What I’ve learned from this is that we develop low-level addictions to things.
Earlier, when I was stressed or anxious, I switched on Netflix or YouTube. Now, I watch Friends on some other website.
I’m not addicted to Friends, per se. But the brain is excellent when it comes to finding ways to escape reality for some time. This is how low-level distractions start.
Here are a few apps and chrome extensions you can use for the same:
Cold Turkey (Mac/Windows)
600 websites blocked for 17 years! (Screenshot by author)
Hands down, the toughest app that I’ve used.
The best part? Once you lock yourself out, there’s absolutely nothing you can do to reverse it. You can’t uninstall the app, can’t quit it, and can’t restart your laptop. This is great for people like me who just need someone to lock it off and never give it back again.
Here’s a funny story.
Accidentally I’ve blocked some sites for 17 years! I wanted to lock it for a few days but then, I saw an option that said “Block for as long as possible.”
“What’s the longest time block it will choose? A month, maybe”, I thought. But lo! It chose 17 years. And now, I can’t access Instagram and Facebook on my laptop until I’m 38 years old.
When this happened, I lost it at first. I had blocked almost 600 other websites in total for 17 years. I selected categories like Gaming, Adult, and Social Media — basically all the bad stuff. And then poof! They’re gone for 17 years.
I may not even use this laptop in 17 years or I may not be alive. Who knows.
But after I calmed myself, I realized what a blessing it was. Blocking these sites on my laptop gave me a sound sleep. I no longer have to fight distractions all day.
It works on all browsers and if you try to remove the Cold Turkey extension from your browser, it will block the browser itself.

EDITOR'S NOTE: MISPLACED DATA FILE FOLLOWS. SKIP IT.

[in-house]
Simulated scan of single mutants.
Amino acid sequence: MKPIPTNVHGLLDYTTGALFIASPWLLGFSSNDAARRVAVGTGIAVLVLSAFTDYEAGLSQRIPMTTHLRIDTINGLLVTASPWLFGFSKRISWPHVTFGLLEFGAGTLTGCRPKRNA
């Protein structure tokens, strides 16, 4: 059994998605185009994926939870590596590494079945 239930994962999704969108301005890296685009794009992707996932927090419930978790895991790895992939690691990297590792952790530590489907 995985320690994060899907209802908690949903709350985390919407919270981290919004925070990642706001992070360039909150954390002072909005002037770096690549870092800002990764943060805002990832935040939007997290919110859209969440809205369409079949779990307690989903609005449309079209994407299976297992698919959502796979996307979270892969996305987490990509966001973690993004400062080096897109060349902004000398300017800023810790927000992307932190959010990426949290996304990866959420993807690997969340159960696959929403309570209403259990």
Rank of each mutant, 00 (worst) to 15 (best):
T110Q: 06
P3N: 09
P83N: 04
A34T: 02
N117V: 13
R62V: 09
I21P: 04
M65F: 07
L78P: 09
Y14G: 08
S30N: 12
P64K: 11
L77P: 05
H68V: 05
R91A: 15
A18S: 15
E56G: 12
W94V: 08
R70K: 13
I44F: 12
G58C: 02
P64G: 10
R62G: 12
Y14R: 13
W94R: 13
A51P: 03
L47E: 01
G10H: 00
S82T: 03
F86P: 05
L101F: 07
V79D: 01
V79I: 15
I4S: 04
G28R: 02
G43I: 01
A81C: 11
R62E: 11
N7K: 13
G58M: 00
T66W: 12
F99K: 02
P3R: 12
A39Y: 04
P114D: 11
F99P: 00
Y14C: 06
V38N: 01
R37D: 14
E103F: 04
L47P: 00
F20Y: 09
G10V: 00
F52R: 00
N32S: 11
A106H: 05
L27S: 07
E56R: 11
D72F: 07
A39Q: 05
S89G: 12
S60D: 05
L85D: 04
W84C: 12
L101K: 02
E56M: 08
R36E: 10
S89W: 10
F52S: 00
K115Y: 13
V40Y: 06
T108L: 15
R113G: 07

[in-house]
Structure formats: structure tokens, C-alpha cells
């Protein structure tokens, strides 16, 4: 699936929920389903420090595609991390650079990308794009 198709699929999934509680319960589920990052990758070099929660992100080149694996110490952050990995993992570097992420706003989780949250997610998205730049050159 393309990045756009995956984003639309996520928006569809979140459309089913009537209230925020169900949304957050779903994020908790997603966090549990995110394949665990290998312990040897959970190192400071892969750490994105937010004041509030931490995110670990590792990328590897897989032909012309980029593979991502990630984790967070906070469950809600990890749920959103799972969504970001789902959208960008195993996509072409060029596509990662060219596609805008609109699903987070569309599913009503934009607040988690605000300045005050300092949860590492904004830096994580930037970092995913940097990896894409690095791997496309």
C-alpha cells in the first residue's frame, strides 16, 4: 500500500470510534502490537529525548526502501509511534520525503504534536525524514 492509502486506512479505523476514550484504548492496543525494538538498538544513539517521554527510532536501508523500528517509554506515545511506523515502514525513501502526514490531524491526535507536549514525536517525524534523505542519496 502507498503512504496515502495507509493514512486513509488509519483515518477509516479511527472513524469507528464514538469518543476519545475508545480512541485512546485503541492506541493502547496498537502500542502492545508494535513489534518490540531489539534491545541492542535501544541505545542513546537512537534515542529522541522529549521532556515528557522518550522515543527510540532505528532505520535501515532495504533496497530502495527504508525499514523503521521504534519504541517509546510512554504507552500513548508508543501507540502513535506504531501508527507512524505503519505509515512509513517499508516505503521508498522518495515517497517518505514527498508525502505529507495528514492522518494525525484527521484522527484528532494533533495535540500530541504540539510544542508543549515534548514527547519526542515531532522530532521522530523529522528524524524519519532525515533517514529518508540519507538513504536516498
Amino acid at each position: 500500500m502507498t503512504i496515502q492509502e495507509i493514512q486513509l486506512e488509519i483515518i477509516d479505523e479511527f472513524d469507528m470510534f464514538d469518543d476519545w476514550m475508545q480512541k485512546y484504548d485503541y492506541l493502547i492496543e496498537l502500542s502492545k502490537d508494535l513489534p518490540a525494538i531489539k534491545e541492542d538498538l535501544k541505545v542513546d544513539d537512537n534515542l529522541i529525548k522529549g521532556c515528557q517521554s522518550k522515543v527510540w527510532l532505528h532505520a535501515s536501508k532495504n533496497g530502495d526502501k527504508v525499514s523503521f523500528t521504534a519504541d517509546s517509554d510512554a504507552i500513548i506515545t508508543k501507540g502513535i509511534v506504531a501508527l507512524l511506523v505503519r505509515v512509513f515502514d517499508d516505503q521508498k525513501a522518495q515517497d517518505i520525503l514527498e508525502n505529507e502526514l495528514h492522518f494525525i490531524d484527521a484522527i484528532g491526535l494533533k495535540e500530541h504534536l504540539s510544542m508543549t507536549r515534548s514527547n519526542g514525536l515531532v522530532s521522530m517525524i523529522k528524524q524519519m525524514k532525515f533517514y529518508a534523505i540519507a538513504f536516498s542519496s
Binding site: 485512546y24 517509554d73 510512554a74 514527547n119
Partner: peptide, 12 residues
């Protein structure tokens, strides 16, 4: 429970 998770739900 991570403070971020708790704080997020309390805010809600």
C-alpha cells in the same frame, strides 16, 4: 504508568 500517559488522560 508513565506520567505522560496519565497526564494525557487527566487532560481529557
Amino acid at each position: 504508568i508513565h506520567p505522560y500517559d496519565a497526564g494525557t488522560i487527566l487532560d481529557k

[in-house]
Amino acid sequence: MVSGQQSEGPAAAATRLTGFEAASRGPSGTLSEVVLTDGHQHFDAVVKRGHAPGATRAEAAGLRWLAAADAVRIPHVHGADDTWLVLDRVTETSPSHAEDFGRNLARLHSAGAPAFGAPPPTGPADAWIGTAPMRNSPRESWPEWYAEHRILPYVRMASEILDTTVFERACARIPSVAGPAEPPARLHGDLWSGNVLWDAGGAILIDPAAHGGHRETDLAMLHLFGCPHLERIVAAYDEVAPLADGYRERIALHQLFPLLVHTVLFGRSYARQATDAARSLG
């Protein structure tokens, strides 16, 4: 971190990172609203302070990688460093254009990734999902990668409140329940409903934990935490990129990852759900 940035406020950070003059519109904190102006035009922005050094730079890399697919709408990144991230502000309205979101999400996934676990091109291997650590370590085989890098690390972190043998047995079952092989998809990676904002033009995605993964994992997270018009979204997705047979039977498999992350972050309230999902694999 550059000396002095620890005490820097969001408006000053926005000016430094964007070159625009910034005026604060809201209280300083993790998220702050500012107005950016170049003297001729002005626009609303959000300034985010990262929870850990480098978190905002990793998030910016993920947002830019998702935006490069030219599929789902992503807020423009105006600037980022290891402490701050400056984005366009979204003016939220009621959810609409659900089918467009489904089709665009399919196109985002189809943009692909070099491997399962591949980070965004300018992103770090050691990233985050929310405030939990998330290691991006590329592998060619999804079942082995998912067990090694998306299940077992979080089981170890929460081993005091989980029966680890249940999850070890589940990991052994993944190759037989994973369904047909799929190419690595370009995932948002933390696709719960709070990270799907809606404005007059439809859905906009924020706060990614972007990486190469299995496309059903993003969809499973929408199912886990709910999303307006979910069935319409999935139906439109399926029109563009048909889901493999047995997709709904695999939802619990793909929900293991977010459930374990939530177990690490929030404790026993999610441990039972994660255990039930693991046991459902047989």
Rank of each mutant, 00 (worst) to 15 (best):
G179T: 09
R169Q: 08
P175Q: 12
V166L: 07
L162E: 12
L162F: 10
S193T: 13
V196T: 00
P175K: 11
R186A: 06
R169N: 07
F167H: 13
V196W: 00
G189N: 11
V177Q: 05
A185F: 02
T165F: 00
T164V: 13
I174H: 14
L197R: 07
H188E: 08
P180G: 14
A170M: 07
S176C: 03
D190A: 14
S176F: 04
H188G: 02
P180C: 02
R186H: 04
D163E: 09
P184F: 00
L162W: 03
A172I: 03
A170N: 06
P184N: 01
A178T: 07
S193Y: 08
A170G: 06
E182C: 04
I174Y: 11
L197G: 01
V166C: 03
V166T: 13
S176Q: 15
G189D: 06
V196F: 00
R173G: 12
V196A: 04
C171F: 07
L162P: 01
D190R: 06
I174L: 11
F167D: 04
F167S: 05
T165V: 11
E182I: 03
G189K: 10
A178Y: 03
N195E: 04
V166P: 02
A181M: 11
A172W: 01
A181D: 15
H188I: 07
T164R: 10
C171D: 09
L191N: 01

Cold Turkey is the toughest website blocker on the Internet. All other apps are too easy to cheat.
Cold Turkey Writer
Screenshot by author
If blocking 600 websites wasn’t enough, Cold Turkey Writer blocks everything on your computer until you hit your writing goal — by word count or by time.
The free version has no formatting but I like it that way. Even if you want the paid version, you can buy it for 5 dollars forever.
A clear desktop is one of the most underrated tricks you can use. Every file on your desktop is a mental distraction. You don’t realize this but it takes a piece of your mind every time you see it.
All the screenshots, folders, and files remind you of something in the past or the future. You’re reminded of all the unfinished tasks that you have to do. And no matter how much you push the thought aside, it never goes away.
It’s no different than setting your inbox as your desktop wallpaper. Imagine every time you switch your laptop, your inbox gives you a warm welcome. Even thinking about it hurts!
So, clear your desktop and redeem your life.
A screenshot of my desktop (Photo by author)
Stay Focusd (Chrome Extension)
It’s a traditional website blocker with slight tweaks that make me a fan.
The best thing is it allows me to block the chrome://extensionspage so I cannot disable the extension itself — something I’ve done a lot in the past.
It gives you a fixed amount of time every day to visit the websites on your block list. I’ve set the time for one minute per day. For me, that’s the whole point of a block list. As I said earlier, you might have the willpower to set a longer time, but I don’t.
When you try to increase the time, it gives you five alerts to prevent you from doing so. I once had a strong urge to check a website and tried to increase the time, but I quit on the third alert and went back to work.
That’s what you should look for — apps that make it so difficult to get distracted that you see work as the better option instead.
Block Site (Chrome Extension)
Yes, I have two website blockers. Just in case, you know!
Block Site is not the best one on the market. But I’ve used in on my phone and iPad (which I’ll talk about below) so it made the cut. It is an extra layer of prevention that kicks in whenever I try to cheat or disable an extension for example.
Phone and iPad
I didn’t buy an iPad, I won it in a competition. I wanted you to know that before you judge me as an Apple fan. I’m not.
Also, I have a Samsung Galaxy M31. It’s available here in India, not sure about other places. So the features and tricks I describe will be in line with those two devices.
I hate reading posts where the writer has all Apple devices and lays out apps that aren’t available on Android.
Don’t fret, reader! I’ve gone through the pain to find the best Android apps as well.
Disable your browser
Disable Safari on iPhone/iPad and Chrome on Android.
You don’t need the browser 99.999% of the time. Let that fact sink in.